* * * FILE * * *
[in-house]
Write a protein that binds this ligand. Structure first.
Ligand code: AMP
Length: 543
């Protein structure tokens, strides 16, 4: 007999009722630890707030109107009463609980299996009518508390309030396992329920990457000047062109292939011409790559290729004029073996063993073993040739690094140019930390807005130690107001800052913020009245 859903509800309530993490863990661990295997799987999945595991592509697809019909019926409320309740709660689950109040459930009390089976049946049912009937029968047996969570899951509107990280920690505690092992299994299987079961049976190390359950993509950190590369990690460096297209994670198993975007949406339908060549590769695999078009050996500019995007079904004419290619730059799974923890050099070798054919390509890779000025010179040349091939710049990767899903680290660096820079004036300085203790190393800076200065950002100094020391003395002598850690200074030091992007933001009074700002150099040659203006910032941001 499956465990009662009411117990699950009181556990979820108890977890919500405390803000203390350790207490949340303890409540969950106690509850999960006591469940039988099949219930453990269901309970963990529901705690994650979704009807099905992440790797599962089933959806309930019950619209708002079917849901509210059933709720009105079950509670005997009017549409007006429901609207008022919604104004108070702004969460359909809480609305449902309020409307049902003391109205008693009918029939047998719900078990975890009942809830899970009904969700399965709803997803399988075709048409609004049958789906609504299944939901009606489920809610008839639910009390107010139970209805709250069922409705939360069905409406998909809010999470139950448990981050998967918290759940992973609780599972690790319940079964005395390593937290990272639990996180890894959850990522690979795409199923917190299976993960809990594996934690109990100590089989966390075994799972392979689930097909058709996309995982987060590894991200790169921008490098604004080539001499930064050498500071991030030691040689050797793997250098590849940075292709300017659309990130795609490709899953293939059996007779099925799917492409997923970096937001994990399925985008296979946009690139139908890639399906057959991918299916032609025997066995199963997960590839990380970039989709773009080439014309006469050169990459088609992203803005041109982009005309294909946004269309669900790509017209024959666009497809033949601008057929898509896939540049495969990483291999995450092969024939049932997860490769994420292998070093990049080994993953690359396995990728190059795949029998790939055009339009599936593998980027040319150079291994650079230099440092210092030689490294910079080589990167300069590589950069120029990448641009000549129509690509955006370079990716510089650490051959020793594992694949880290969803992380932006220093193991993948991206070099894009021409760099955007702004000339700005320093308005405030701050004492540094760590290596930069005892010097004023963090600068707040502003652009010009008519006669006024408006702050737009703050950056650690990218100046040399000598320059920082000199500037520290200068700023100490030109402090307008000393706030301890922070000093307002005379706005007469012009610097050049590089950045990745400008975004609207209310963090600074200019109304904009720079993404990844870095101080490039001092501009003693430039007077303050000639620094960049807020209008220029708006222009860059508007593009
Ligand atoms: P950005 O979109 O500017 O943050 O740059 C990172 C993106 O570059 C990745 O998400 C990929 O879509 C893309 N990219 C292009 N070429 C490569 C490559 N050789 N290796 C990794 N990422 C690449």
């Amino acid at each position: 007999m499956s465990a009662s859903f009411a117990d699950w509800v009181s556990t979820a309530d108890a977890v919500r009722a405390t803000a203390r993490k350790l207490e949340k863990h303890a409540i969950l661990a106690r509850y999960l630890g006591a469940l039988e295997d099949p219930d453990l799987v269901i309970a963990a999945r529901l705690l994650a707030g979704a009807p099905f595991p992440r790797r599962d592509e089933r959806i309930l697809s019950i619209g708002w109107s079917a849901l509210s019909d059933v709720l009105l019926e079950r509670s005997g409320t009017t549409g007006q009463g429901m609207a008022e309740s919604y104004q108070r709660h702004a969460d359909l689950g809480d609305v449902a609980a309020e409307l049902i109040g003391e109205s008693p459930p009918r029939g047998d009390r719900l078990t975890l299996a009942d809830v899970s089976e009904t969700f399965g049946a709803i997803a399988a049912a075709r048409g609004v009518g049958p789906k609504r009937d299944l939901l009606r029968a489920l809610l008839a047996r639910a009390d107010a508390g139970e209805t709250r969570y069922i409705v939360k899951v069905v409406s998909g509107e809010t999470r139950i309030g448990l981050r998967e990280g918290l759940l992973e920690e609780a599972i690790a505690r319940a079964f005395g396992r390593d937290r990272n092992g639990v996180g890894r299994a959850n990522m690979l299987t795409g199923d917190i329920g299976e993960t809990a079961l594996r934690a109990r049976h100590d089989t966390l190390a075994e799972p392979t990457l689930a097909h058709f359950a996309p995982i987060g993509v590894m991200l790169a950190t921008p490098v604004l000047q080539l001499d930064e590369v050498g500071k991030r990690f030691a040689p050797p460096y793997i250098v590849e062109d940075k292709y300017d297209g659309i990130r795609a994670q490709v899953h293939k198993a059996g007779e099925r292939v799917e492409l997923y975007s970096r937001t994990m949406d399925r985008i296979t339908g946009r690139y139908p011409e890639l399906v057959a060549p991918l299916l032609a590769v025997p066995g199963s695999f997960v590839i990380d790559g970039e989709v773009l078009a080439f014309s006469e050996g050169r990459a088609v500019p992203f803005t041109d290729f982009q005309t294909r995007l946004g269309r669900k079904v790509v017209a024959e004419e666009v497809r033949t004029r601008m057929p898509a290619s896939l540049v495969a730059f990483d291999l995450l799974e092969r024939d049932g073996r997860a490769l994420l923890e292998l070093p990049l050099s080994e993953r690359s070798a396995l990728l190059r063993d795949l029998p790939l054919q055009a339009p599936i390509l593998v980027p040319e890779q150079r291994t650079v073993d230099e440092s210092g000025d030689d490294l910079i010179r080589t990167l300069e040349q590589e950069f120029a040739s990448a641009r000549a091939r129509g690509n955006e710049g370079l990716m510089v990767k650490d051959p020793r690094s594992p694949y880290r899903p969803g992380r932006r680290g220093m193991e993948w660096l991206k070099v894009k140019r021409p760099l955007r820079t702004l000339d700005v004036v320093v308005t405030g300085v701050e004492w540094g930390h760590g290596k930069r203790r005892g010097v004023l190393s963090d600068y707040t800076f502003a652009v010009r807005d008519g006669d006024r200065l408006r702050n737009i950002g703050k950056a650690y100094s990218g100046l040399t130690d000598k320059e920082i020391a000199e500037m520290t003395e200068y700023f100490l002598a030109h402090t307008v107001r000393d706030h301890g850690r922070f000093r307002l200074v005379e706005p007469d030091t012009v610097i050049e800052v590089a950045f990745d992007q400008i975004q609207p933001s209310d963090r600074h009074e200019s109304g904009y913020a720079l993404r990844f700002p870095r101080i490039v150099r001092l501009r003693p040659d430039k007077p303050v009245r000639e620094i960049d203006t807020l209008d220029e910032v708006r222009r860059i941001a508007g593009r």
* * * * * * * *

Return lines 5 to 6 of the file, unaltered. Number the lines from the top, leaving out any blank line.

């Protein structure tokens, strides 16, 4: 007999009722630890707030109107009463609980299996009518508390309030396992329920990457000047062109292939011409790559290729004029073996063993073993040739690094140019930390807005130690107001800052913020009245 859903509800309530993490863990661990295997799987999945595991592509697809019909019926409320309740709660689950109040459930009390089976049946049912009937029968047996969570899951509107990280920690505690092992299994299987079961049976190390359950993509950190590369990690460096297209994670198993975007949406339908060549590769695999078009050996500019995007079904004419290619730059799974923890050099070798054919390509890779000025010179040349091939710049990767899903680290660096820079004036300085203790190393800076200065950002100094020391003395002598850690200074030091992007933001009074700002150099040659203006910032941001 499956465990009662009411117990699950009181556990979820108890977890919500405390803000203390350790207490949340303890409540969950106690509850999960006591469940039988099949219930453990269901309970963990529901705690994650979704009807099905992440790797599962089933959806309930019950619209708002079917849901509210059933709720009105079950509670005997009017549409007006429901609207008022919604104004108070702004969460359909809480609305449902309020409307049902003391109205008693009918029939047998719900078990975890009942809830899970009904969700399965709803997803399988075709048409609004049958789906609504299944939901009606489920809610008839639910009390107010139970209805709250069922409705939360069905409406998909809010999470139950448990981050998967918290759940992973609780599972690790319940079964005395390593937290990272639990996180890894959850990522690979795409199923917190299976993960809990594996934690109990100590089989966390075994799972392979689930097909058709996309995982987060590894991200790169921008490098604004080539001499930064050498500071991030030691040689050797793997250098590849940075292709300017659309990130795609490709899953293939059996007779099925799917492409997923970096937001994990399925985008296979946009690139139908890639399906057959991918299916032609025997066995199963997960590839990380970039989709773009080439014309006469050169990459088609992203803005041109982009005309294909946004269309669900790509017209024959666009497809033949601008057929898509896939540049495969990483291999995450092969024939049932997860490769994420292998070093990049080994993953690359396995990728190059795949029998790939055009339009599936593998980027040319150079291994650079230099440092210092030689490294910079080589990167300069590589950069120029990448641009000549129509690509955006370079990716510089650490051959020793594992694949880290969803992380932006220093193991993948991206070099894009021409760099955007702004000339700005320093308005405030701050004492540094760590290596930069005892010097004023963090600068707040502003652009010009008519006669006024408006702050737009703050950056650690990218100046040399000598320059920082000199500037520290200068700023100490030109402090307008000393706030301890922070000093307002005379706005007469012009610097050049590089950045990745400008975004609207209310963090600074200019109304904009720079993404990844870095101080490039001092501009003693430039007077303050000639620094960049807020209008220029708006222009860059508007593009
Ligand atoms: P950005 O979109 O500017 O943050 O740059 C990172 C993106 O570059 C990745 O998400 C990929 O879509 C893309 N990219 C292009 N070429 C490569 C490559 N050789 N290796 C990794 N990422 C690449």